From redundancy to entrepreneurship
Chris Locke, CEO of Rainmaking and Startupbootcamp ASPIRE (https://rainmaking.io/)
Losing a job is ranked among the 10 most stressful life events that can cause profound harm including even lasting health issues. Searching for a new job is a full-time job on its own and is often a long, frustrating process that can take up to a year. Studies found that after a redundancy 26% of those searches end in a job with a lower salary.
However, when life gives you lemons, it’s time to make lemonade. Being laid off doesn’t necessarily mean the end of the world; it could be a much-needed wake-up call to follow your dreams and take charge of your own future. This could be the right time for you to start developing your passion and make a living out of it.
You may switch to providing your services on a freelance base, working with different clients. Or maybe you finally take that thing you have always been passionate about and turn it into a business. For example, you may turn your love of cooking into a catering business. No matter how small or how big your dream, being an entrepreneur is an option for everyone.
Have you always had this business idea that you never had time to validate? This could be your chance to develop it and convert it into your new primary source of revenue and security.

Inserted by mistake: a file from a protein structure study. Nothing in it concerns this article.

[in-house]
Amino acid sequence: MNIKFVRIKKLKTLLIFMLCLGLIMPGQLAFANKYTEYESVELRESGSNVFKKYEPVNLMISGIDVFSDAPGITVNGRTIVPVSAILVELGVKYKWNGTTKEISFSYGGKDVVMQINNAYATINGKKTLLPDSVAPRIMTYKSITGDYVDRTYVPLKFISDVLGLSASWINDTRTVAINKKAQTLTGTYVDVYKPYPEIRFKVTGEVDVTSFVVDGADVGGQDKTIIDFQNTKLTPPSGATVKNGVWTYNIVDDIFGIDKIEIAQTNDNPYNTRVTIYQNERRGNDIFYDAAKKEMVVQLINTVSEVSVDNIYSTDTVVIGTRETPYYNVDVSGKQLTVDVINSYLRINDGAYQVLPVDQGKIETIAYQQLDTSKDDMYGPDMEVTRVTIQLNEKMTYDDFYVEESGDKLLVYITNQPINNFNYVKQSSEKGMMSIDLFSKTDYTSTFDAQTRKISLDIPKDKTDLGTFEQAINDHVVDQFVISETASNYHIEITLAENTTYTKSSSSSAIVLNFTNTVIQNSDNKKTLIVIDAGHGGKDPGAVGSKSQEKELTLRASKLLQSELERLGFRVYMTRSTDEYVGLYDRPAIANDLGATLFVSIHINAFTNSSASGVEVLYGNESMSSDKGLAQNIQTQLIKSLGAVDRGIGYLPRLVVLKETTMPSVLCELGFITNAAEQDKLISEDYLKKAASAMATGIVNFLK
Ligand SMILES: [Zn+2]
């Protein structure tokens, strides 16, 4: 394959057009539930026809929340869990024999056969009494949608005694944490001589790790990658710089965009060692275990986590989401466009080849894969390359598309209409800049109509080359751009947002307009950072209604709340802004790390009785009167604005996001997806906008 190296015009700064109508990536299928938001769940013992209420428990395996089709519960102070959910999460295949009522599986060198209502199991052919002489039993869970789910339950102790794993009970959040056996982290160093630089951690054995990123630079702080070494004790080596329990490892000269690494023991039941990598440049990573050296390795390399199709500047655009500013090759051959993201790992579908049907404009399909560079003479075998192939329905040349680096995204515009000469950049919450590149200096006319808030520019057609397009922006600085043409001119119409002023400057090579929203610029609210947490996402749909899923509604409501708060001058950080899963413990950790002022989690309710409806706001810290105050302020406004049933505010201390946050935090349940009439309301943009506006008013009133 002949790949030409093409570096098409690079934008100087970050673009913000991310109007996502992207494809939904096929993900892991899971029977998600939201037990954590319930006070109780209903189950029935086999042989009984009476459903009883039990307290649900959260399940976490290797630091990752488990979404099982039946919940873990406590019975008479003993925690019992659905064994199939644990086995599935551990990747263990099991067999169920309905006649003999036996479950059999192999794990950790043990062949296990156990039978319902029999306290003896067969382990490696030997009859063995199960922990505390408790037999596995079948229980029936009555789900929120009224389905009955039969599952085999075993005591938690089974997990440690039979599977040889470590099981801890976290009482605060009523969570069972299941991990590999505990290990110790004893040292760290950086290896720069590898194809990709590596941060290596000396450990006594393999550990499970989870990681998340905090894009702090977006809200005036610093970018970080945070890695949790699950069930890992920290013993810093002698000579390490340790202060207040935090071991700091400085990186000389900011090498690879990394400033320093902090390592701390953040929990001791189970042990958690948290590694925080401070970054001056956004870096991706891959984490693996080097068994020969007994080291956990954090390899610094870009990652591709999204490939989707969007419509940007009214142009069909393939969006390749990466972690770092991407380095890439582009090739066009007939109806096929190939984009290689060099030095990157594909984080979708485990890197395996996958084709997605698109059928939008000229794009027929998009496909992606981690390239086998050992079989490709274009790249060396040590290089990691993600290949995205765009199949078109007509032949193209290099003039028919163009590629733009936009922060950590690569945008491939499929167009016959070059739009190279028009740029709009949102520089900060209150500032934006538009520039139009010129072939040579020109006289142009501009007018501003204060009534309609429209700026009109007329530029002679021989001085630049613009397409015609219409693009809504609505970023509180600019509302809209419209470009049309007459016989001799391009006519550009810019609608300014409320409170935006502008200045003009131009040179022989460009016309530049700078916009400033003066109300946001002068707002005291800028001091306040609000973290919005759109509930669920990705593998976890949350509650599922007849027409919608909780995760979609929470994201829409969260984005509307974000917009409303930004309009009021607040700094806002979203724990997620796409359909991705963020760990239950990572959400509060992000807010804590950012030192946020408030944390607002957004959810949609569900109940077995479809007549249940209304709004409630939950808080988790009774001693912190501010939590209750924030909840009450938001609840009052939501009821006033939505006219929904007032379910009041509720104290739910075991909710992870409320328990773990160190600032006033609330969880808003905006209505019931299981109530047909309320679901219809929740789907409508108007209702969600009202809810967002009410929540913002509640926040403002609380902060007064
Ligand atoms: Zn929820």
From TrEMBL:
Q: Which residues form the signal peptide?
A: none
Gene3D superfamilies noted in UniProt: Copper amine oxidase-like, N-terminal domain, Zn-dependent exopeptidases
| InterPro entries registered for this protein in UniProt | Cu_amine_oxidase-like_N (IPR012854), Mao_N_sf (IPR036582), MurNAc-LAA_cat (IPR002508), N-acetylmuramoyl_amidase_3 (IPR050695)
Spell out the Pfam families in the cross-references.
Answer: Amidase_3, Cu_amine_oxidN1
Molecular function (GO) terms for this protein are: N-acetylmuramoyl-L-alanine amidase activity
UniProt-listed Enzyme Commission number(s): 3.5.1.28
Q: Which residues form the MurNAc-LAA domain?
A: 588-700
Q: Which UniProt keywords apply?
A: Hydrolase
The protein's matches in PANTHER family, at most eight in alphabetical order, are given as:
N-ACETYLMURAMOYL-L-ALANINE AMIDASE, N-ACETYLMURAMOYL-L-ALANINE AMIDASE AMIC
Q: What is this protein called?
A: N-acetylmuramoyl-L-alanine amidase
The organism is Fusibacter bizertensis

While challenging, running your own business definitely comes with tons of perks. First, and most important thing, you will be working on something you love and passionate about, which will continuously give you a sense of accomplishment. You will be finally free to arrange your priorities and outcomes allowing you to be in charge of your own future, building a source of income for you and your family. Most importantly, instead of looking for another job, you can actually start creating jobs, contributing positively to the economy.
While it may sound counter-productive, recession times can be a time of great opportunity for those with the desire to start a new business; the market and customer needs are changing rapidly, and this can mean new business opportunities for entrepreneurs from freelancing careers to creating the next big thing.
All businesses start small and you’d be surprised who launched during tough times. For example, Microsoft was started during the oil embargo in 1973, CNN was launched during the 1980s American recession. The email software Mailchimp and Netflix were both launched during the dot com crisis. The great recession in 2007 was the motive behind creating lots of growth startups such as Uber, Airbnb, Square, and Groupon.
Becoming an entrepreneur is not for everyone, but for those that have the desire to start their own businesses and take a different direction for their future, this could be the time to make that leap. Being open to the market gaps generated by the recession could be your window for success or even finding a new angle to take advantage of the gig-economy.